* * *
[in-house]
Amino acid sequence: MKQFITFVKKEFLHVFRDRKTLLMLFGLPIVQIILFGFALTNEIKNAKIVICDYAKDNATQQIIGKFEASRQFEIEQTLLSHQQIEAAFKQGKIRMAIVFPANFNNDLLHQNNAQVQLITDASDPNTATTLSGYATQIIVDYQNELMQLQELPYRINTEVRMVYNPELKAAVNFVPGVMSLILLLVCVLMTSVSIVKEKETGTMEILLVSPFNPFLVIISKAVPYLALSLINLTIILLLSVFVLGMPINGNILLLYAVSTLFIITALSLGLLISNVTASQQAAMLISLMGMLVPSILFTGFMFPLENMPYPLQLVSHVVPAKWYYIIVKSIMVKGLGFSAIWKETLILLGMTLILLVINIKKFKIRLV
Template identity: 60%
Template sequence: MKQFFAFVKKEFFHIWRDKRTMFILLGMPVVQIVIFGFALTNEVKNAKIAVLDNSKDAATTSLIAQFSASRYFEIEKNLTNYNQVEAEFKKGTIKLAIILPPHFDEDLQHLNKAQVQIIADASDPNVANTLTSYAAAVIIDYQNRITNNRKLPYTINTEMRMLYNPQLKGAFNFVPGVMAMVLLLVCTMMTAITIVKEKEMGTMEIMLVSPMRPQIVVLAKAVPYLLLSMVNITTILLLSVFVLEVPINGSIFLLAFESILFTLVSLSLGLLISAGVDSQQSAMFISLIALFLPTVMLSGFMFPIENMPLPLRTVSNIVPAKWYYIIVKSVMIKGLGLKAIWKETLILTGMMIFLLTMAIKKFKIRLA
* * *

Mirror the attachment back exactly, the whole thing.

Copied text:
[in-house]
Amino acid sequence: MKQFITFVKKEFLHVFRDRKTLLMLFGLPIVQIILFGFALTNEIKNAKIVICDYAKDNATQQIIGKFEASRQFEIEQTLLSHQQIEAAFKQGKIRMAIVFPANFNNDLLHQNNAQVQLITDASDPNTATTLSGYATQIIVDYQNELMQLQELPYRINTEVRMVYNPELKAAVNFVPGVMSLILLLVCVLMTSVSIVKEKETGTMEILLVSPFNPFLVIISKAVPYLALSLINLTIILLLSVFVLGMPINGNILLLYAVSTLFIITALSLGLLISNVTASQQAAMLISLMGMLVPSILFTGFMFPLENMPYPLQLVSHVVPAKWYYIIVKSIMVKGLGFSAIWKETLILLGMTLILLVINIKKFKIRLV
Template identity: 60%
Template sequence: MKQFFAFVKKEFFHIWRDKRTMFILLGMPVVQIVIFGFALTNEVKNAKIAVLDNSKDAATTSLIAQFSASRYFEIEKNLTNYNQVEAEFKKGTIKLAIILPPHFDEDLQHLNKAQVQIIADASDPNVANTLTSYAAAVIIDYQNRITNNRKLPYTINTEMRMLYNPQLKGAFNFVPGVMAMVLLLVCTMMTAITIVKEKEMGTMEIMLVSPMRPQIVVLAKAVPYLLLSMVNITTILLLSVFVLEVPINGSIFLLAFESILFTLVSLSLGLLISAGVDSQQSAMFISLIALFLPTVMLSGFMFPIENMPLPLRTVSNIVPAKWYYIIVKSVMIKGLGLKAIWKETLILTGMMIFLLTMAIKKFKIRLA